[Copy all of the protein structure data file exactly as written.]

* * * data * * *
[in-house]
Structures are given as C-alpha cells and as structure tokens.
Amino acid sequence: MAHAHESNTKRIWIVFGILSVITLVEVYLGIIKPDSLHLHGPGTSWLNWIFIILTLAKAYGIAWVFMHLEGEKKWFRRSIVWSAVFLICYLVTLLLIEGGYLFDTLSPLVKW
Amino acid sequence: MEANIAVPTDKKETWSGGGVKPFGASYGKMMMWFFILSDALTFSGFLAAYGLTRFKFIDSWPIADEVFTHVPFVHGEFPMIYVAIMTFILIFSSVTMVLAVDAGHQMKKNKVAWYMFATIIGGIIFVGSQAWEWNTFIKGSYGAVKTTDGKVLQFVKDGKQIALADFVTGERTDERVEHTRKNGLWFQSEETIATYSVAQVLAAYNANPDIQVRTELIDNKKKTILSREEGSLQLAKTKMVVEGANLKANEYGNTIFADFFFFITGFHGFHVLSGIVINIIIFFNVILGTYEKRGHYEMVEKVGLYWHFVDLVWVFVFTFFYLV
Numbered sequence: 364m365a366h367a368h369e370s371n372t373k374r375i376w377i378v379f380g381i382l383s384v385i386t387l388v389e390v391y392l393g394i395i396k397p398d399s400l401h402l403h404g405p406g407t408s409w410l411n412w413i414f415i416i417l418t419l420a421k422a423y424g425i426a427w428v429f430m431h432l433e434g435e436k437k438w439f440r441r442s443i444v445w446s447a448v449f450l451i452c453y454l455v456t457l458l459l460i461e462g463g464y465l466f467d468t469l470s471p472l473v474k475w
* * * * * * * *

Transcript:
[in-house]
Structures are given as C-alpha cells and as structure tokens.
Amino acid sequence: MAHAHESNTKRIWIVFGILSVITLVEVYLGIIKPDSLHLHGPGTSWLNWIFIILTLAKAYGIAWVFMHLEGEKKWFRRSIVWSAVFLICYLVTLLLIEGGYLFDTLSPLVKW
Amino acid sequence: MEANIAVPTDKKETWSGGGVKPFGASYGKMMMWFFILSDALTFSGFLAAYGLTRFKFIDSWPIADEVFTHVPFVHGEFPMIYVAIMTFILIFSSVTMVLAVDAGHQMKKNKVAWYMFATIIGGIIFVGSQAWEWNTFIKGSYGAVKTTDGKVLQFVKDGKQIALADFVTGERTDERVEHTRKNGLWFQSEETIATYSVAQVLAAYNANPDIQVRTELIDNKKKTILSREEGSLQLAKTKMVVEGANLKANEYGNTIFADFFFFITGFHGFHVLSGIVINIIIFFNVILGTYEKRGHYEMVEKVGLYWHFVDLVWVFVFTFFYLV
Numbered sequence: 364m365a366h367a368h369e370s371n372t373k374r375i376w377i378v379f380g381i382l383s384v385i386t387l388v389e390v391y392l393g394i395i396k397p398d399s400l401h402l403h404g405p406g407t408s409w410l411n412w413i414f415i416i417l418t419l420a421k422a423y424g425i426a427w428v429f430m431h432l433e434g435e436k437k438w439f440r441r442s443i444v445w446s447a448v449f450l451i452c453y454l455v456t457l458l459l460i461e462g463g464y465l466f467d468t469l470s471p472l473v474k475w